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Ethics Reading Courses at DePauw

Take a deep dive into ethics, one book at a time

Each semester, the Prindle Institute sponsors a number of quarter-credit reading courses. Each course focuses on the ethical issues in a single text for eight weeks.

Each course will meet for the first eight weeks of the semester. Class meeting spaces are noted below. If the class meets at the Prindle Institute, transportation will be provided each evening the class meets. The transportation will depart from the Union Building each Thursday at 6:50 pm. After the courses end at 8:30, students and faculty will be returned to the Union Building.

Fall 2017 courses

UNIV291A: Karl Marx, Capital (Volume 1)
Instructor: Derek Ford (
Location: Harrison Hall 106
Meeting Times: First eight Wednesdays of Fall 2017, 7-8:30pm
Course description: The first volume of Capital is a book that is often referenced but rarely read. It is a book that, although it was published in 1867, explains a good deal about our world and how we might go about fundamentally changing it. In this class, we will engage in a collective reading of Capital, paying particular attention to how it can help us understand our contemporary moment.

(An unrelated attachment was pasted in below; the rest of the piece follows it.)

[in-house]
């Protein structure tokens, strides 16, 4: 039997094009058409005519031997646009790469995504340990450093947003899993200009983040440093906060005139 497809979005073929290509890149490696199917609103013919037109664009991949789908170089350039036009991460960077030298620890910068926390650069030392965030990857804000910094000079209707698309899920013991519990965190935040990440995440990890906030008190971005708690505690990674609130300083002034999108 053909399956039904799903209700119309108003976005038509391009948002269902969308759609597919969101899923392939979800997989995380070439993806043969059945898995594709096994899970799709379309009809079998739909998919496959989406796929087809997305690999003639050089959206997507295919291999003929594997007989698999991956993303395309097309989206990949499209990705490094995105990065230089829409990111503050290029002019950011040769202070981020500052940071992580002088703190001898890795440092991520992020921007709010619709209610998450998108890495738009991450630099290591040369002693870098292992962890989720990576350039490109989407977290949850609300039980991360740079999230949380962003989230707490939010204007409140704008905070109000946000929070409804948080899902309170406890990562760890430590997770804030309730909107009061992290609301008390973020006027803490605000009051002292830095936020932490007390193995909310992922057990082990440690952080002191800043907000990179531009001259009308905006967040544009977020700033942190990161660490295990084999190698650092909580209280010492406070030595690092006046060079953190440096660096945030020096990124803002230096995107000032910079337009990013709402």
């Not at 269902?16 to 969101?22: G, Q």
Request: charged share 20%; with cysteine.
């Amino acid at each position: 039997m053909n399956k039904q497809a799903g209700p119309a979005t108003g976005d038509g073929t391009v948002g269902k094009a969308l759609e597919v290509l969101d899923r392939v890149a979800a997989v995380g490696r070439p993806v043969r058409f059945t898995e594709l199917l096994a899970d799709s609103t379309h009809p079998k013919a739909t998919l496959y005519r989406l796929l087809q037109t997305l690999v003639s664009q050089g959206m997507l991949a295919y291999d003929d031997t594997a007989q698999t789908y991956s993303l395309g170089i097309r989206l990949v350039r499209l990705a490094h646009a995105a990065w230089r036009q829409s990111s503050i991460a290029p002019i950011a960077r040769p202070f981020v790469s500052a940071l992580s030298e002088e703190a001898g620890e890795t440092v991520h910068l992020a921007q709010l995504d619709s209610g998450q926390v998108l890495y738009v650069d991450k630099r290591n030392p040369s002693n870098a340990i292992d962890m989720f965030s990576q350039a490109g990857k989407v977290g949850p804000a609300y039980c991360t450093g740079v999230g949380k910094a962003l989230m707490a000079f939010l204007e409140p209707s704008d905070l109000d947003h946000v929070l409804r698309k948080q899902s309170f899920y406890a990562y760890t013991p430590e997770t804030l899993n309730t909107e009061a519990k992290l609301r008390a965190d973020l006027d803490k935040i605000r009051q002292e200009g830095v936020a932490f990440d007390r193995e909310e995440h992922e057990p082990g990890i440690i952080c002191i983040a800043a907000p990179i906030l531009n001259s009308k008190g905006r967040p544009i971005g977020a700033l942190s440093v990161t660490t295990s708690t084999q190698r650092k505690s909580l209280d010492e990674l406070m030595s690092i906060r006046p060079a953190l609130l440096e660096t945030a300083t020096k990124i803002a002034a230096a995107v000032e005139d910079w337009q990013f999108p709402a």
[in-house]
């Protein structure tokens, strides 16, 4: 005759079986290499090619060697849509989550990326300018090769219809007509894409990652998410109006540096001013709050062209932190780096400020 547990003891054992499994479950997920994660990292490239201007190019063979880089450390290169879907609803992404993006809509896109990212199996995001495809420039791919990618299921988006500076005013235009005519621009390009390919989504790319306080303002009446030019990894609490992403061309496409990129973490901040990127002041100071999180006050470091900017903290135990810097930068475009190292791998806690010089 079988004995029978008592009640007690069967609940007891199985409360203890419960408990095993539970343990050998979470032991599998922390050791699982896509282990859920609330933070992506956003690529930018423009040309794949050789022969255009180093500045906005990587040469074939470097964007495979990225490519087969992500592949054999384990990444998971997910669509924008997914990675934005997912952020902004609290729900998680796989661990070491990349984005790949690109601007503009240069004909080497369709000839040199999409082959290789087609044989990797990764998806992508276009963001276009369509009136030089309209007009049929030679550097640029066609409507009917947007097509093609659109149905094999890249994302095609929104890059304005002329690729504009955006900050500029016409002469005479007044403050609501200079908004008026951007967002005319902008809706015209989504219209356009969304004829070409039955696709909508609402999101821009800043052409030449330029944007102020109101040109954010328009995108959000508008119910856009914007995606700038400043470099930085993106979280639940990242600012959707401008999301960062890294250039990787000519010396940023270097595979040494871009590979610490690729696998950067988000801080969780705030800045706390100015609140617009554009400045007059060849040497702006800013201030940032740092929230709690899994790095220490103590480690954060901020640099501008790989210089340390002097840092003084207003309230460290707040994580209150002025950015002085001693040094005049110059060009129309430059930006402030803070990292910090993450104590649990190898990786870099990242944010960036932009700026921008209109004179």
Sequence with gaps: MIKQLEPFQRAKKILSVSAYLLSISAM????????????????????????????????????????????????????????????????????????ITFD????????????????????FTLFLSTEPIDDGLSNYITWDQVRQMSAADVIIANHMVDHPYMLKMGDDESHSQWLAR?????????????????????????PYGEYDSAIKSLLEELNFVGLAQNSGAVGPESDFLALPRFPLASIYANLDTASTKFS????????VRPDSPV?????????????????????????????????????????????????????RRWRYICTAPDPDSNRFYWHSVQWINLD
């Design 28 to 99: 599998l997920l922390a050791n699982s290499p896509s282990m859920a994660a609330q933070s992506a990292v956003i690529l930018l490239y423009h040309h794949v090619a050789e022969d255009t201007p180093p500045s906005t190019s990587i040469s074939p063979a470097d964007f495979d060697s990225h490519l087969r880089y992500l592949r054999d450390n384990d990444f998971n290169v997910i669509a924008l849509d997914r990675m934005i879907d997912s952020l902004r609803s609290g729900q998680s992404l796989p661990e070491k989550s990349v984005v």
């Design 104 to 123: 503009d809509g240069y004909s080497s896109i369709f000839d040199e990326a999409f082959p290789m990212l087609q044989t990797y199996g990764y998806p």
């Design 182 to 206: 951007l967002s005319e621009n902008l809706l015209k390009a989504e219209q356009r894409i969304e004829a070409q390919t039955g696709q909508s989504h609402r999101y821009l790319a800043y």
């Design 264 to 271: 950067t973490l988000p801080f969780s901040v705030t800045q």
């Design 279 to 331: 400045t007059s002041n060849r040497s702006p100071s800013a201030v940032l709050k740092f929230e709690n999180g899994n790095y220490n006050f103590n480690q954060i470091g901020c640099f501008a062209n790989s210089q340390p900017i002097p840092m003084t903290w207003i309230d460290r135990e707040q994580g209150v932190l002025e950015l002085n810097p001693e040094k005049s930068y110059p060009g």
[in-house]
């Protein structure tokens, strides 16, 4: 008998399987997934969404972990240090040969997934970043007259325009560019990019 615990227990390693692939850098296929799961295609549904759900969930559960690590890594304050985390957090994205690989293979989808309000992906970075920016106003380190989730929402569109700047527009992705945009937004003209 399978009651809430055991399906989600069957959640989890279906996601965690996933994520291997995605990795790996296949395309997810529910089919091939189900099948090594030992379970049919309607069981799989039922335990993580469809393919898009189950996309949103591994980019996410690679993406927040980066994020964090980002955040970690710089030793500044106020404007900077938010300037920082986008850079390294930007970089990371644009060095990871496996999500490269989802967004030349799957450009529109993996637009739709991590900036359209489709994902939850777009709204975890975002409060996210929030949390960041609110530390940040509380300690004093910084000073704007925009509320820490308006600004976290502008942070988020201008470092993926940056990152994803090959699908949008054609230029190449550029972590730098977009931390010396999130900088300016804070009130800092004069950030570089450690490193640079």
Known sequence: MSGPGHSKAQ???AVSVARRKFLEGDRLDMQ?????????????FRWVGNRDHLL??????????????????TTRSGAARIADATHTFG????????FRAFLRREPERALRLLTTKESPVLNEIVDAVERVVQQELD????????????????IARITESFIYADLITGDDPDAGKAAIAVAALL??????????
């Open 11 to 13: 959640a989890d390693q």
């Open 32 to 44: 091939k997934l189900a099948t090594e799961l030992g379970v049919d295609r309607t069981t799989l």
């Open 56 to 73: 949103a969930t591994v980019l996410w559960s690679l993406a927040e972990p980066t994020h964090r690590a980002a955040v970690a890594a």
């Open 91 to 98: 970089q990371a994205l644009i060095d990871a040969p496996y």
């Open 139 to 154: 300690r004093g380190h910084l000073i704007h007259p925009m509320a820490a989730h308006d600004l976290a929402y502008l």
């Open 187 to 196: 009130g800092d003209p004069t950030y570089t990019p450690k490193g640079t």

UNIV291B: Lynn H. Nicholas, The Rape of Europa: The Fate of Europe's Treasures in the Third Reich and the Second World War
Instructor: Craig Hadley (
Location: Peeler Arts 211
Meeting Times: First eight Thursdays of Fall 2017, 7-8:30pm
Course description: The Rape of Europa chronicles the "monuments men"—a team of male and female curators, artists, architects, and historians—tasked with saving European art and cultural heritage in the midst of the second world war. Together, we’ll discuss the ethical implications of war, art, and the fragility of human life, efforts to repatriate artwork decades later, and contemporary case studies involving war and cultural heritage. Even today, many museums and families are still trying to make sense of what happened to European art collections during World War II. This course will introduce students to the immense complexity associated with rebuilding personal, national, and cultural identity following armed conflict.